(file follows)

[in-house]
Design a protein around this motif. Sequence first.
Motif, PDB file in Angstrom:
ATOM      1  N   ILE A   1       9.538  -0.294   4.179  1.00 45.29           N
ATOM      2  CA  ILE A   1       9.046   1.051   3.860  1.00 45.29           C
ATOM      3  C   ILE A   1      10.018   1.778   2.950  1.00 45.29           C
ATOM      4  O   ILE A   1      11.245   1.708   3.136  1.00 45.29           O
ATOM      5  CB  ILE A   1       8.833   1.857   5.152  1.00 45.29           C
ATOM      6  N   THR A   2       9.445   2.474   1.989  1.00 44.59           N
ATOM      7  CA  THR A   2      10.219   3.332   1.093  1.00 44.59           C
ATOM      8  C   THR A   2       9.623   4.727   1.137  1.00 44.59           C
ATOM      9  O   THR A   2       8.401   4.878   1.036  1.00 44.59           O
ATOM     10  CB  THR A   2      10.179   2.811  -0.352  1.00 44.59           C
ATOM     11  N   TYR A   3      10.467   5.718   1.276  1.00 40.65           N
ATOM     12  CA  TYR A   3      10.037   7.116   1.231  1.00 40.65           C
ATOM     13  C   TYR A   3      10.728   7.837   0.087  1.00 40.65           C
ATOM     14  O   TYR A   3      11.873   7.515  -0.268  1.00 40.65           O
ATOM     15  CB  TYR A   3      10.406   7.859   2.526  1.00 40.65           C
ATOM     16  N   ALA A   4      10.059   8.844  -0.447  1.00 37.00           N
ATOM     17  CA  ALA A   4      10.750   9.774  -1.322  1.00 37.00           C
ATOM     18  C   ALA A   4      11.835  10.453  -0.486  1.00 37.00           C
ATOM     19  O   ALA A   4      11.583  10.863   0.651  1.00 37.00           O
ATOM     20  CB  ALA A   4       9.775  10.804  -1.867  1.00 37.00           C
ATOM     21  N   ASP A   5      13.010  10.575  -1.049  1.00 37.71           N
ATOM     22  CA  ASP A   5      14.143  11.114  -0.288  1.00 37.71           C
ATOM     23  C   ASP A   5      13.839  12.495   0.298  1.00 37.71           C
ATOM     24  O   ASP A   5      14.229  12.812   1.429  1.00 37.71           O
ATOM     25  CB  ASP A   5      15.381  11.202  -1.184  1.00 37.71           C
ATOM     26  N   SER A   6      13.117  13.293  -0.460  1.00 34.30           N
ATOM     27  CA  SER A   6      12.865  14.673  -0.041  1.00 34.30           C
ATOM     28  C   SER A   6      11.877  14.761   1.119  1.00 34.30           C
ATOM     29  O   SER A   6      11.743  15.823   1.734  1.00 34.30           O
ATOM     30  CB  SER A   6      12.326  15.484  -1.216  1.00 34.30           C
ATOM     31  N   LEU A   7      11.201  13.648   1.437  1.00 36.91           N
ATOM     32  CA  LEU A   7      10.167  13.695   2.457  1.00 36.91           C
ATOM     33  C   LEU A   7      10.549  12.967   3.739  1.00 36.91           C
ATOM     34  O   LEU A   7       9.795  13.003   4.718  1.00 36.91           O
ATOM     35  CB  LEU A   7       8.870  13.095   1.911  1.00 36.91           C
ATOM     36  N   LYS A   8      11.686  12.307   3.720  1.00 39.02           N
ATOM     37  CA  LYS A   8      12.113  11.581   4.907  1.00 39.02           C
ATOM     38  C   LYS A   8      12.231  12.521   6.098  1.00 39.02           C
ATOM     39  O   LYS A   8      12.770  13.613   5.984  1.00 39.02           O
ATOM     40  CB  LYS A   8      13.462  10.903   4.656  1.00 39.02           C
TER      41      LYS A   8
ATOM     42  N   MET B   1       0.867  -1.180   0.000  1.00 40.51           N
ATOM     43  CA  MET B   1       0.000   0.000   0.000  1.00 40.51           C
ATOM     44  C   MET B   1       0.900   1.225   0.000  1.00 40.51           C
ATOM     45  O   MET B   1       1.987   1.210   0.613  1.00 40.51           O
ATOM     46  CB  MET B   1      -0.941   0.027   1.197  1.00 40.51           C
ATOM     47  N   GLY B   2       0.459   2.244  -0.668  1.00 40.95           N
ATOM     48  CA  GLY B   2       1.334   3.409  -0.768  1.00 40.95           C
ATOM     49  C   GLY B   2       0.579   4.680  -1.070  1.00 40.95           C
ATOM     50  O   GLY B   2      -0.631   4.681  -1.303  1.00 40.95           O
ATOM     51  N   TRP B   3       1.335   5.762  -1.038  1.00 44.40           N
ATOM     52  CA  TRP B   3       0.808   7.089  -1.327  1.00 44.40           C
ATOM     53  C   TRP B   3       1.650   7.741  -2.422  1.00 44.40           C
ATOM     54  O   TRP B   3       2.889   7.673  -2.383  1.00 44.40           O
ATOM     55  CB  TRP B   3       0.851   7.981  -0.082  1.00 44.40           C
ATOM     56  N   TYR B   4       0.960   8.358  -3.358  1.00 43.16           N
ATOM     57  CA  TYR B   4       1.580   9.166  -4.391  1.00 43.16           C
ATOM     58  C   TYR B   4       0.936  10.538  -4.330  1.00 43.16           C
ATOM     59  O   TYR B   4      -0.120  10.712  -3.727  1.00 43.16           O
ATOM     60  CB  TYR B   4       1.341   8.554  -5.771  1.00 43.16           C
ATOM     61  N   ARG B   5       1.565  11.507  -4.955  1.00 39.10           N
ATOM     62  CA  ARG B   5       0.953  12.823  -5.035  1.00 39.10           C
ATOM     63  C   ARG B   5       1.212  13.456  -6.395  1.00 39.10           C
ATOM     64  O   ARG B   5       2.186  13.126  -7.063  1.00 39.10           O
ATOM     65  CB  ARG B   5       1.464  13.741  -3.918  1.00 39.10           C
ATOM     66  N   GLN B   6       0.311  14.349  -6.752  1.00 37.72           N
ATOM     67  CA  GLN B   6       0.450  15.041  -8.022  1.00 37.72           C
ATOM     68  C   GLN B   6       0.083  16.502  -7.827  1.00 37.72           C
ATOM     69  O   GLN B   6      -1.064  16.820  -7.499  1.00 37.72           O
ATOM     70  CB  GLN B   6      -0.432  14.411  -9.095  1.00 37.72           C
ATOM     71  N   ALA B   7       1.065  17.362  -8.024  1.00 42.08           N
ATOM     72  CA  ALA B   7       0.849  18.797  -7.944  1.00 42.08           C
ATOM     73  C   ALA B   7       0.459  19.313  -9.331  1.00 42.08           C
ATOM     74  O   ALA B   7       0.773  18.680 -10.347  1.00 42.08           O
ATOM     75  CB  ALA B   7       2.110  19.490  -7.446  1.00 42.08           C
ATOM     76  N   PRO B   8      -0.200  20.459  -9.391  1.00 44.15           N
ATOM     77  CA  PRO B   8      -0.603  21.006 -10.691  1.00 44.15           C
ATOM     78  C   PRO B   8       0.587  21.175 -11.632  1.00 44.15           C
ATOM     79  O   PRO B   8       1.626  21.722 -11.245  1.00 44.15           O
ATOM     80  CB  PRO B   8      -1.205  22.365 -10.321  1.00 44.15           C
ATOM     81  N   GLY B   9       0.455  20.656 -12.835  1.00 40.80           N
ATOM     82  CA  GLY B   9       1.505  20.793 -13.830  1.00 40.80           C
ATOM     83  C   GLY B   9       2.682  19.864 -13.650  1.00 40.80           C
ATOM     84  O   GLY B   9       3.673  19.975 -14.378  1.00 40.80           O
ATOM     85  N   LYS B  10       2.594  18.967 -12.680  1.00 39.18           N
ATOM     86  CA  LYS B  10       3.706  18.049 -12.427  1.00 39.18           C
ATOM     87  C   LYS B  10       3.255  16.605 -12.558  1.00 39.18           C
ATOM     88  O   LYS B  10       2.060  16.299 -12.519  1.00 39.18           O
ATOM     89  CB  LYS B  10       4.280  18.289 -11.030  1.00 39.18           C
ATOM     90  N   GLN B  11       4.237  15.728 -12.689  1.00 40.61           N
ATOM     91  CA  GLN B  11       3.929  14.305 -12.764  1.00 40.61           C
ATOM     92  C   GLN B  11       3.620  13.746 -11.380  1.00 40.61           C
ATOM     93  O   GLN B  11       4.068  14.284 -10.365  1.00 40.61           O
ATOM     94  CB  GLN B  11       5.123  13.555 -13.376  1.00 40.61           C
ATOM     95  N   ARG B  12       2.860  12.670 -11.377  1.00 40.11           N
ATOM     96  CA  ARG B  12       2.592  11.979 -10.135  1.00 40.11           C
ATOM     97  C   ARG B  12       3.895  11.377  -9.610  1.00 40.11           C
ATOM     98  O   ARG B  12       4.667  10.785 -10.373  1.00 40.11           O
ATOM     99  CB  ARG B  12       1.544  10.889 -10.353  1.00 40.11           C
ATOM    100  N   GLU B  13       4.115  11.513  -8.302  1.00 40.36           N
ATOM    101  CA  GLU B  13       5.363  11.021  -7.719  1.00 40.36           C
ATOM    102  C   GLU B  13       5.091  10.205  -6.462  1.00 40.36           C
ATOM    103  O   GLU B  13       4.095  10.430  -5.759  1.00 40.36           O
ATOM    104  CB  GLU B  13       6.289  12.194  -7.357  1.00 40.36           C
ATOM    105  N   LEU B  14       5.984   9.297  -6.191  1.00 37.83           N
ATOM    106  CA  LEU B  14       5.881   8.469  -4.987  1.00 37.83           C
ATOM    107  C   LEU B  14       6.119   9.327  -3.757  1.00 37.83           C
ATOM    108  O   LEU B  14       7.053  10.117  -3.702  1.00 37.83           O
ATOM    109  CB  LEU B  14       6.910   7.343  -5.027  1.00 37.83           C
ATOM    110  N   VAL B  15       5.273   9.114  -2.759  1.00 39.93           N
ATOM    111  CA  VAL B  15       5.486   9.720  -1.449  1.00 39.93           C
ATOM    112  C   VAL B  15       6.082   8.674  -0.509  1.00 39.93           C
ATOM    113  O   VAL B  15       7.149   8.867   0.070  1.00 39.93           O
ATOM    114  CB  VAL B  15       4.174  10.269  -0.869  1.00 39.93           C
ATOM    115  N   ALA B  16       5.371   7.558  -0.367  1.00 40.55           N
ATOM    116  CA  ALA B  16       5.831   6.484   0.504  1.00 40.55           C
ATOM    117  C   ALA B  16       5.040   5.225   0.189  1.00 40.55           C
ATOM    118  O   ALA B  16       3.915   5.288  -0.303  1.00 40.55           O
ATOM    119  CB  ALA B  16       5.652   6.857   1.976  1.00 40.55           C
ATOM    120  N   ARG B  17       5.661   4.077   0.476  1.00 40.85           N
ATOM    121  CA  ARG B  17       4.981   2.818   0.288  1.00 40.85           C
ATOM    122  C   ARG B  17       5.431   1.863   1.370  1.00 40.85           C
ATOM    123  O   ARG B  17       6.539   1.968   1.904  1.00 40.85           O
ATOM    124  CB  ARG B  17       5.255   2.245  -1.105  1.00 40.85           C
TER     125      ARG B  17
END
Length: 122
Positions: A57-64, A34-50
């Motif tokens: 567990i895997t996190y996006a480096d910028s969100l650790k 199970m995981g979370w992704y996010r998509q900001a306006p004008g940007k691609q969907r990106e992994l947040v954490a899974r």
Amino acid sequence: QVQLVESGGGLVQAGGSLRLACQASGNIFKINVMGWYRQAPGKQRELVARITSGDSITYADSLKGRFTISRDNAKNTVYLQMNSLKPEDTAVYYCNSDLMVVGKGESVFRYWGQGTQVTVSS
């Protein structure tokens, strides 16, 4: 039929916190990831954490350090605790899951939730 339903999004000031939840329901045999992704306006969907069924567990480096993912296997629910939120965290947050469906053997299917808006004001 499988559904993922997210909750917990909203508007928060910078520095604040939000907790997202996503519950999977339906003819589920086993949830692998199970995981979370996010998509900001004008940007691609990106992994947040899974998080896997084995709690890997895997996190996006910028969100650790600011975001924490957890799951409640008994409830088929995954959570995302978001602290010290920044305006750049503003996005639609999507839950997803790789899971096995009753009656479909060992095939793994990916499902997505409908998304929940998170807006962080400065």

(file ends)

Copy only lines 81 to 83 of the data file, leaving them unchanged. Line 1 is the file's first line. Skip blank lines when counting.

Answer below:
ATOM     78  C   PRO B   8       0.587  21.175 -11.632  1.00 44.15           C
ATOM     79  O   PRO B   8       1.626  21.722 -11.245  1.00 44.15           O
ATOM     80  CB  PRO B   8      -1.205  22.365 -10.321  1.00 44.15           C